Naomi Rhode, RDH, SmartPractice: "I think staff meetings often become more laborious than celebrative. A staff meeting should celebrate working together!
"Try inviting a patient to do a half hour presentation at a meeting about their latest trip or, if a librarian, what`s new at the library. Or if you have a computer expert for a patient, invite him in to talk about the `Net.` Spruce it up! It`s also a great marketing idea! Offer the patient lunch or a free service for their time. Just think what they will tell their friends!"
Dale Tucci, Sally McKenzie Management: "Give your staff meetings a continuing education component. You should come away from a staff meeting knowing more than when you went in. We rub shoulders all day long but never have a proper forum to share our knowledge with each other. If we educate our people first, then together the staff can educate the public.
"I often tell dentists to build a video and audio library of seminars to share with the staff. It`s hard to implement ideas without everyone on the same train."
Linda L. Miles, Linda L. Miles & Associates: "Have a clear-cut rule: staff meetings are for practice problems, not people problems. Monthly, have each staff member report on their department progress as compared to last year. For example, the dental hygienist would say, `Last month 160 patients were scheduled and 160 came in, compared to 145 this time last year.` She could also include the average dollars per day her chair produced, compared to a year ago. I call this managing by statistics because each person is responsible for their department report: laboratory, supply costs, infection control, scheduling, etc. If we take time to get caught up in the behind the scenes work, we are more organized day to day.
"Fortune magazine recently reported that in the Fortune 500 companies, one-third of their employees` time is spent in staff meetings, employee training, or organizing. In dentistry? I`d say that time is zero. If you`re not organized, you burn out. If you feel caught up, you`re happy! It`s that simple."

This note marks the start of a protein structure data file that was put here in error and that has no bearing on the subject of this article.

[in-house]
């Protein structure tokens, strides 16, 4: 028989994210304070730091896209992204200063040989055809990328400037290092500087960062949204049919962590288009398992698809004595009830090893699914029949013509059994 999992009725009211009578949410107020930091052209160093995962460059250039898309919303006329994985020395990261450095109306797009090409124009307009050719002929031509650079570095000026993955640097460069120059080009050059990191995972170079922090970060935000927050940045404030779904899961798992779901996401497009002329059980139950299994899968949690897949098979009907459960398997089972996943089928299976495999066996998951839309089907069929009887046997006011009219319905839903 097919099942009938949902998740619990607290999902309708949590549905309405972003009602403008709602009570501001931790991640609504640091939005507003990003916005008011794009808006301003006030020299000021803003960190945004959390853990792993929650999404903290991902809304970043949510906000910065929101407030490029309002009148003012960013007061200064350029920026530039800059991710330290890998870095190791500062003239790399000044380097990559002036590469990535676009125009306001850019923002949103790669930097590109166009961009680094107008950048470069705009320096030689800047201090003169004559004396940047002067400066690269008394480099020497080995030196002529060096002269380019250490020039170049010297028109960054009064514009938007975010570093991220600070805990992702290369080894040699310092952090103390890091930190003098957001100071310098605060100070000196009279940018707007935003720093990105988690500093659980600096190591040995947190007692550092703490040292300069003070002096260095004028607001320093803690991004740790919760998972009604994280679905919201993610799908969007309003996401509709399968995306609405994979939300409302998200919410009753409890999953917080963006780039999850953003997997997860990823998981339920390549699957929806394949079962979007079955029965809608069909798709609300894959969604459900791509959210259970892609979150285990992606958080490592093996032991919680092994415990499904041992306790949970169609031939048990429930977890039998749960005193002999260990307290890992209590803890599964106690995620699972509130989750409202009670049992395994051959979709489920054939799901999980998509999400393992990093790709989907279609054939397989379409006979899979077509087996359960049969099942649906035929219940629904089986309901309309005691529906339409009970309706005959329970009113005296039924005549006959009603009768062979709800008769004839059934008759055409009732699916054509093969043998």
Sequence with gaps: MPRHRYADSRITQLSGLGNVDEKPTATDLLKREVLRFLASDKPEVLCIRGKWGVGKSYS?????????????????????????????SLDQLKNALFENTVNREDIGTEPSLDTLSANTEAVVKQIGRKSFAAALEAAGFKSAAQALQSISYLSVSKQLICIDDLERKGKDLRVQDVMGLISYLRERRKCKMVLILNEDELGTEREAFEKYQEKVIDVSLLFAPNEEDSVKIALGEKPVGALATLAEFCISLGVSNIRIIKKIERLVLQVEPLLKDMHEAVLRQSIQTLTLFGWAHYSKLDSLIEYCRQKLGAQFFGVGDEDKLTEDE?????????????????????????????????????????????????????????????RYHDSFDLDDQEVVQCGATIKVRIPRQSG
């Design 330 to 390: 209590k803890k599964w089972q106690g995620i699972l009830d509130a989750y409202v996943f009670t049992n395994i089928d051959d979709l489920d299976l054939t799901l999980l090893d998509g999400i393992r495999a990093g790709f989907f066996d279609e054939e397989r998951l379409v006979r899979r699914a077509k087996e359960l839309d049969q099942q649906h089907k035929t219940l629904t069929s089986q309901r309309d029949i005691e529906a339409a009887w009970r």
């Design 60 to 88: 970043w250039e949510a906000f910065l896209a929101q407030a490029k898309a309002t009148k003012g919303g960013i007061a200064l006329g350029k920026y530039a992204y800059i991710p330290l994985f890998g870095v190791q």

Ann Griffin, Practicon: "Some offices give book reports. They read a book or listen to a tape about a motivational or health-oriented topic (not necessarily dental) and give a two- or three-minute presentation to the staff. I like to see the doctor spend the last few minutes of the meeting doing some clinical training. I`ve seen office managers with 20 years of dental office experience who still don`t know the difference between a pulpotomy and a pulpectomy.
"Then I suggest that everyone leave the meeting on an upbeat note. Maybe go around the circle and share a personal triumph for the month. Or maybe look at the person directly across the table and say something that you like about them. I also suggest that one or two times a year the staff take an off-site retreat to work on interpersonal skills and reinvent the practice."
Christene Bernhardt, Jennifer de St. George Con-sultants: "Everyone should have a turn at being the meeting leader except the dentist. When he runs the show, everyone clams up. That`s not to say that he doesn`t have veto power or the right to join in, but when he runs the meeting not everyone will contribute. I also think that everyone should contribute something to the agenda. Hang the agenda in the lab and allow everyone to add to it.
"Another idea is to institute a group memory system. If you are discussing a topic and the discussion veers off track onto something else, the meeting is halted. Look at the new topic and ask how important is this topic compared to what we are supposed to be talking about? If it is more important, write down the topic that was originally started so there is a group memory to go back to it at some point. If the new topic is less important, write down the new topic in the group memory and return the discussion to the original objective. This way topics are not forgotten. Another thing to consider is that although staff meetings are an excellent forum for problem-solving, we also need to occasionally focus on what is going well. We all need a pat on the back."